Microsoft makes it a point to regularly roll out security updates that offer improvements and fixes to users. One fact of life, however, is that certain updates can fail or cause big problems with networks and individual users, and unfortunately the only known solution for many cases is to uninstall the patch.
A case in point is Microsoft updates KB4481480 and KB4480970 causing issues with remote desktop and remote access. You might find that your Windows 7-powered machine (a shared computer on a network), after upgrading to the said updates, is suddenly unable to access network shares or the remote desktop. The remote connection persists even after a well-meaning reboot and resetting passwords.
Learn from this article how to fix failed update KB4480970 and KB4481480 using a number of methods.
What Is KB4480970 and KB4481480?
Microsoft rolled out these updates earlier this month for computers running Windows 7, aiming to address security vulnerabilities and provide major fixes and performance improvements. KB4480970 (Monthly Quality Rollup for Windows 7 SP1 and Windows Server 2008 R2 SP1) was specifically released to address different issues:
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- Offer protection against a vulnerability known as Speculative Store Bypass (CVE-2018-3639) for AMD-based computers
- Tackle an issue affecting PowerShell remoting loop back using non-administrator accounts
- Provide security updates to the following: Windows Kernel, Windows Storage and Filesystems, Windows Wireless Networking, and the Microsoft JET Database Engine.
Windows 7 SP1 and Windows Server 2008 R2 SP1 should be immediately patched due to the cited vulnerabilities, especially in the case of PowerShell.
These updates install fine for most users via Windows 7’s automatic updates system. For some, however, something could go wrong or the updates can yield problems, such as in establishing connection with other computers in a network.
How to Fix Failed Update KB4480970 and KB4481480
Several administrators have revealed online that despite successfully installing the updates (particularly KB4480970), they couldn’t access network shares anymore. The installation translated to communication problems with SQL servers for some, and even the fileshare couldn’t be reached partially. For others, installing the update hindered them from using RDP to access RemotePC from their clients. Only uninstallation fixed those problems.
Whether it’s a botched update process or post-update issues that you’re facing, here are some fixes to try:
Download Stand-alone Installers
It’s worth noting that Microsoft offers stand-alone installers for all its Windows updates, and you can download these stand-alone packages for KB4480970 and KB4481480 updates in order to install them on your computer as you normally would other programs. Do this by visiting the Microsoft Update Catalog website.
Make Tweaks on Remote Settings
Make this change to get the Remote Desktop Connection (RDC) to work:
- Go to Control Panel\All Control Panel Items\System by opening Control Panel and clicking System.
- Click Remote Settings, which should open System Properties at the Remote tab. You should find that the current selection is Allow connections only from computers running Remote Desktop with Network Authentication (more secure).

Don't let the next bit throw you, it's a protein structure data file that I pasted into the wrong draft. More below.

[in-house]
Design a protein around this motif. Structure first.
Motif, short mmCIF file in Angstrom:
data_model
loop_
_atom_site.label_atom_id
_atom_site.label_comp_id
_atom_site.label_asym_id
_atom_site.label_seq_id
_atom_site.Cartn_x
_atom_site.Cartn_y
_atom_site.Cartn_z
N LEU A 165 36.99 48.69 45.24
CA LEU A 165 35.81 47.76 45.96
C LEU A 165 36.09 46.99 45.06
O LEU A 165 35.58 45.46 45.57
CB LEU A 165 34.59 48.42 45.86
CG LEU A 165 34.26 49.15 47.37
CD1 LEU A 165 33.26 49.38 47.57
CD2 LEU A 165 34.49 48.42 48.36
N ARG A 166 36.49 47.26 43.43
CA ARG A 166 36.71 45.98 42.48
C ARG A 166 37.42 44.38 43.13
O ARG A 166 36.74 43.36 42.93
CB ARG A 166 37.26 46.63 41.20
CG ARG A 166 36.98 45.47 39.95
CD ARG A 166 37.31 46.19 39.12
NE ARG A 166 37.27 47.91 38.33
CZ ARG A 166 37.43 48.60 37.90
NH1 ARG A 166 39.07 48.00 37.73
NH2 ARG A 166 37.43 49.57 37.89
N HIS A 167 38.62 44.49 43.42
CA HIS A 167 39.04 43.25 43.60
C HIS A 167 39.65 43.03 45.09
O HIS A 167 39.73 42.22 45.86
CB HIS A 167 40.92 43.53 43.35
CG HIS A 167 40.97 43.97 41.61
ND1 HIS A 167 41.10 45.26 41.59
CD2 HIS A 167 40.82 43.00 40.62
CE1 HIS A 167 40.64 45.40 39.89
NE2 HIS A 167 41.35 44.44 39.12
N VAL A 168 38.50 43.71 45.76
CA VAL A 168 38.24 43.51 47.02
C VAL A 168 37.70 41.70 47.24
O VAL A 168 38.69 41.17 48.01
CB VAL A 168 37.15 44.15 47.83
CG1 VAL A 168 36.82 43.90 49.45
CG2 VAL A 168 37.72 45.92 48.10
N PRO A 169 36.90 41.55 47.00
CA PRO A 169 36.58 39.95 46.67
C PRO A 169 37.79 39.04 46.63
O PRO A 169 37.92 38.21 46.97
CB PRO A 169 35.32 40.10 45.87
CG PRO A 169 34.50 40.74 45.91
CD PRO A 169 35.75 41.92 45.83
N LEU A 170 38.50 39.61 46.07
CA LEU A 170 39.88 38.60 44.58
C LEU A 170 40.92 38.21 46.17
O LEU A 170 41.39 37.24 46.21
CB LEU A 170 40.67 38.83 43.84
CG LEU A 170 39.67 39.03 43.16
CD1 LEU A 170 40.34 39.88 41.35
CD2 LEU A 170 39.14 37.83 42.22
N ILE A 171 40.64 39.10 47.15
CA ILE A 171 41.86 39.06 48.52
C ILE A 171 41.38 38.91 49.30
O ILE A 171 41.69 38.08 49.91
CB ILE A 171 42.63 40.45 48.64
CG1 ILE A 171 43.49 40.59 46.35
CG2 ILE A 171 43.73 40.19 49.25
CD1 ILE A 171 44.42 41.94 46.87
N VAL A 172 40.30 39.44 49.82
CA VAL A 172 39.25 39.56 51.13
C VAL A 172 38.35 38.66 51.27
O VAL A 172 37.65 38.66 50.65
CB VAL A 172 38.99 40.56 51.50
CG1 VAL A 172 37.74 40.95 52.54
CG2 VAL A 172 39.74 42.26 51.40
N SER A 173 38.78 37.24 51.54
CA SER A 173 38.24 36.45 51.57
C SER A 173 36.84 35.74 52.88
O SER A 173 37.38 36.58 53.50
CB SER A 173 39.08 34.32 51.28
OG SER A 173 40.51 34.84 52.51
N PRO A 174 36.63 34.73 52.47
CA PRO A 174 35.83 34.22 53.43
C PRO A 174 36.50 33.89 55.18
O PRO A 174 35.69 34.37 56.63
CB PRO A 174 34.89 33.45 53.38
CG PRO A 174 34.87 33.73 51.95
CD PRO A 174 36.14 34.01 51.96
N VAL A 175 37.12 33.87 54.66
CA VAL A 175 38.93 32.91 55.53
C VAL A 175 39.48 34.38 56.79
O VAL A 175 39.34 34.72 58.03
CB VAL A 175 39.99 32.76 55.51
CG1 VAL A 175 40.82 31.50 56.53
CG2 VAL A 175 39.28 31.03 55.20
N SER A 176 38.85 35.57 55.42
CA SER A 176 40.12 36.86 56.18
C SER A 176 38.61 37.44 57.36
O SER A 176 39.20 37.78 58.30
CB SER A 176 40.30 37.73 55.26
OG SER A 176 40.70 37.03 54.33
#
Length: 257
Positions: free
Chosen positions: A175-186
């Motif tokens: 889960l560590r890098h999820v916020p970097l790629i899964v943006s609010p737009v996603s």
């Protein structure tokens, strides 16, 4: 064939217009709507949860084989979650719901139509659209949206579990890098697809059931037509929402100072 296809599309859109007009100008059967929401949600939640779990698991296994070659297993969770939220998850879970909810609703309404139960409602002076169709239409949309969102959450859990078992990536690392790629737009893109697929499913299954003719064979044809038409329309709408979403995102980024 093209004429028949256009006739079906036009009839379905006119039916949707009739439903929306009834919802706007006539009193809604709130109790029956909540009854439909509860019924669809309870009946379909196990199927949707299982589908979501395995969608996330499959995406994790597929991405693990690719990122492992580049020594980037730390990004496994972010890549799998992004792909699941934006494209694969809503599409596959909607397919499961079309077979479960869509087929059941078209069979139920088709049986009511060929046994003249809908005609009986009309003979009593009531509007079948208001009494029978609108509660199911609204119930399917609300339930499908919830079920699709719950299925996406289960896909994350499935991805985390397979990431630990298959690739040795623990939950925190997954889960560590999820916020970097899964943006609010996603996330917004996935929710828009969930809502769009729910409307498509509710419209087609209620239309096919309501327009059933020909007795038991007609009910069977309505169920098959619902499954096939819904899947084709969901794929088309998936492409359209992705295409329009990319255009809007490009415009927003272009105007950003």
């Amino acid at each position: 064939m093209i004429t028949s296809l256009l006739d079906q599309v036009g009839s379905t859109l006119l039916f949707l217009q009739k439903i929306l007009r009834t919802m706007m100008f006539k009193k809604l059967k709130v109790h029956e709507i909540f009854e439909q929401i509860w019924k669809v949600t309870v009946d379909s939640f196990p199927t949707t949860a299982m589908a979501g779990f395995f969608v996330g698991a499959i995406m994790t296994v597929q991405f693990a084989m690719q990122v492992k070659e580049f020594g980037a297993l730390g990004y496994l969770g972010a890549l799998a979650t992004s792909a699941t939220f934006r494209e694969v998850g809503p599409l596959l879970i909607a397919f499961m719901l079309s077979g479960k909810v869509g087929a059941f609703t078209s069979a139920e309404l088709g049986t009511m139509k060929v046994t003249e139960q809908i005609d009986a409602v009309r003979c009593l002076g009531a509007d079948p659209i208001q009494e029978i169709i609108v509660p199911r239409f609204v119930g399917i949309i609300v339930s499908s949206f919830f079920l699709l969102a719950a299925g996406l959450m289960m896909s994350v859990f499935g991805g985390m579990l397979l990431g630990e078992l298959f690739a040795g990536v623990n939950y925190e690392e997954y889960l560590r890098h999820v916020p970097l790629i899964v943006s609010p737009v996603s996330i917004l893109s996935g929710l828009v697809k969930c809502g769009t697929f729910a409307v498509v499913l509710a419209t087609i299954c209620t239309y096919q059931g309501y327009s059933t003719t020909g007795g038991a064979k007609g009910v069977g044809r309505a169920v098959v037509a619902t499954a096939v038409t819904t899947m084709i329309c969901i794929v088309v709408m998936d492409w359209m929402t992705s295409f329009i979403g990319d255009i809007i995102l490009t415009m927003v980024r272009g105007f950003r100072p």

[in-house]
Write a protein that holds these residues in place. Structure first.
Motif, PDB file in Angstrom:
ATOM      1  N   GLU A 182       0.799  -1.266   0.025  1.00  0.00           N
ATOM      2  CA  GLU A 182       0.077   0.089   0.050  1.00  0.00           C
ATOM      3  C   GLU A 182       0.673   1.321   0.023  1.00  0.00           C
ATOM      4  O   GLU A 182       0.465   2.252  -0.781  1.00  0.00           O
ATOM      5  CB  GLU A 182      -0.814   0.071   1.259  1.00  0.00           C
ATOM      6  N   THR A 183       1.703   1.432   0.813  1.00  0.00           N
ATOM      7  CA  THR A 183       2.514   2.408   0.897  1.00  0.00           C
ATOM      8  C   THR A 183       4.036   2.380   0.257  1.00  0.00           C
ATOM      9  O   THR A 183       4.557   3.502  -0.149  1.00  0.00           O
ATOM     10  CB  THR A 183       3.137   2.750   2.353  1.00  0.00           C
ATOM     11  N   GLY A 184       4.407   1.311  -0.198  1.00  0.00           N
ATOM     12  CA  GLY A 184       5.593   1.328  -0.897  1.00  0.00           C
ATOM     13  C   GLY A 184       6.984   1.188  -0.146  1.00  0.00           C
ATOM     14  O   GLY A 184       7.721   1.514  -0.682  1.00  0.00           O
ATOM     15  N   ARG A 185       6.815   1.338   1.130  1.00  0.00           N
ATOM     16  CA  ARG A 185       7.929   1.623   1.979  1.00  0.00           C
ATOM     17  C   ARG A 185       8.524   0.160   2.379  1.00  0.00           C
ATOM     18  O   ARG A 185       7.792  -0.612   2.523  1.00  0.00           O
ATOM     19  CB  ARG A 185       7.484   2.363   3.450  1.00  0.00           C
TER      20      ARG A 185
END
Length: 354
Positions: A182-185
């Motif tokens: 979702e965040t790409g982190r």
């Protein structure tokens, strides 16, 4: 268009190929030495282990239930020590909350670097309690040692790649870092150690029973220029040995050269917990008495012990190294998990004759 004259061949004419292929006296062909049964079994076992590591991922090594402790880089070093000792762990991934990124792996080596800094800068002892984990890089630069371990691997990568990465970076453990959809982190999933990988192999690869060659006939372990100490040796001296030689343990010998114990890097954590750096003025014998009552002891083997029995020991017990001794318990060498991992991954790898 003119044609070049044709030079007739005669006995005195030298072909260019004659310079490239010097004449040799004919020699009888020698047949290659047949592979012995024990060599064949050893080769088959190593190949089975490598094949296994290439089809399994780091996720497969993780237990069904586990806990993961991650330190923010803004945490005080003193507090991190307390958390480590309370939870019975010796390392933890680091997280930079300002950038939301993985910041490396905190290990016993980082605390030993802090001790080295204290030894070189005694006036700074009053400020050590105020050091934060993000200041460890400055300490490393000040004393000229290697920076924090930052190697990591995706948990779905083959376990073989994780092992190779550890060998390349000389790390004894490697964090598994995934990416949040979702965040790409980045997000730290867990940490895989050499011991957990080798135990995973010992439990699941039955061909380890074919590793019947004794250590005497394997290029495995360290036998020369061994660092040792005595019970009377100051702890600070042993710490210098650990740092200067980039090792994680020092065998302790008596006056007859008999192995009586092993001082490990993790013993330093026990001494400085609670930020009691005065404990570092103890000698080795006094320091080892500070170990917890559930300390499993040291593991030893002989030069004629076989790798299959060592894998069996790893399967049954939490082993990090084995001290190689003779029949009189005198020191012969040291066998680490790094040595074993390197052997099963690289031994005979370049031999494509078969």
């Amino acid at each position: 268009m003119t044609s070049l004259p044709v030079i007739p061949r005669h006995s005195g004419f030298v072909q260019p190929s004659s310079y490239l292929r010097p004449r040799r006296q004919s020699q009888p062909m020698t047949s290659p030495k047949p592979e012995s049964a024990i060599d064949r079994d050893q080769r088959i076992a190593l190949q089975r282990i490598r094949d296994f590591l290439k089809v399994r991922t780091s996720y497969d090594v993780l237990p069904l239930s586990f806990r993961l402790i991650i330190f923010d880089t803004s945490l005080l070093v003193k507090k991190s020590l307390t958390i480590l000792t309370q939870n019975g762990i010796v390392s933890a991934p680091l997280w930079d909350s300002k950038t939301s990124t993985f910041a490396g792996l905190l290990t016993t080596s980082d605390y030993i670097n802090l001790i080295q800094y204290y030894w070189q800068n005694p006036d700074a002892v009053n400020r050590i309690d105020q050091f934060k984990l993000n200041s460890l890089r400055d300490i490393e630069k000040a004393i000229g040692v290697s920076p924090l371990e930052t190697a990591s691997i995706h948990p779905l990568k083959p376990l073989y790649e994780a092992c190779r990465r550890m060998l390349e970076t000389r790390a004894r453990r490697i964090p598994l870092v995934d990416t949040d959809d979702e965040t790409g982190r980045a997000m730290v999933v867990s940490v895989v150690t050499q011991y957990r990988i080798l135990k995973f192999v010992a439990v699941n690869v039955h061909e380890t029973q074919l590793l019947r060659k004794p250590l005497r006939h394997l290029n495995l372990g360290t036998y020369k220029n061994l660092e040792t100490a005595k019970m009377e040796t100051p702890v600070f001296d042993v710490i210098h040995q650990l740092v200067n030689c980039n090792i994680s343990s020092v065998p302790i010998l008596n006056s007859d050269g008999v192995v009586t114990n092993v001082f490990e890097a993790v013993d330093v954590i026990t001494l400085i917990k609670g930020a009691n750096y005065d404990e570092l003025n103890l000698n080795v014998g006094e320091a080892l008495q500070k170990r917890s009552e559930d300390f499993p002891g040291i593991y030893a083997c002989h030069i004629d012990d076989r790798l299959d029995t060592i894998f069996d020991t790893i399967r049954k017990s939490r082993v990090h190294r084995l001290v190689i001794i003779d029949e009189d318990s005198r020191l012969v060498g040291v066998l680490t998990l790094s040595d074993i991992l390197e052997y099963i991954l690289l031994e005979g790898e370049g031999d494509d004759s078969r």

- Select Allow connections from computers running any version of Remote Desktop (less secure) on all your computers.
- Reboot all the computers and RDC should work fine by now.
Edit the Registry
Based on expert probes that have been done so far, the issue is triggered only if the user attempting to create the connection is an admin on the machine hosting the share. If he’s a mere user on the device hosting the share, the connection should get through just fine.
This registry hack seems to be a quick fix, modifying the Windows Registry and intended to be run on the system hosting the share. Keep in mind, though, that it lowers security, so think of it as exactly just that – a quick workaround – and strive for a more permanent solution to the problem.
The LocalAccountTokenFilterPolicy setting affects how admin credentials are applied in order to remotely administer a computer. Here are steps to change the settings for its registry entry, as described in this Microsoft article:
- Start your computer in Audit mode by pressing Ctrl+Shift+F3 at the Windows Welcome screen.
- Manually edit the registry. Click Start, and then type regedit in the Start Search Click regedit.exein the Programs list.
- Find and click the following registry subkey: HKEY_LOCAL_MACHINE\SOFTWARE\Microsoft\Windows\CurrentVersion\policies\system
- On the Editmenu, click New > DWORD Value.
- Type LocalAccountTokenFilterPolicyfor the name of the DWORD. Afterwards, hit Enter.
- Right-click LocalAccountTokenFilterPolicy. Next, click Modify.
- In the Value databox, type 1 and click OK.
- Exit Registry Editor.
Again, remember that serious problems can ensure if you modify the registry incorrectly via Registry Editor or another method, so do it at your own risk and with utmost caution.
Failed updates as well as post-installation problems have been reported with Microsoft updates KB4481480 and KB4480970. The general sentiment revolves around issues accessing or viewing a Windows 7 computer on a network (from Administrator accounts) after pursuing the updates.
Try one of the fixes we provided above and see the problem finally gets solved. Don’t forget to keep your Windows computer in tiptop shape using a trustworthy third-party PC repair and optimizer tool.
Have you ever come across this particular issue? Let us know in the comments!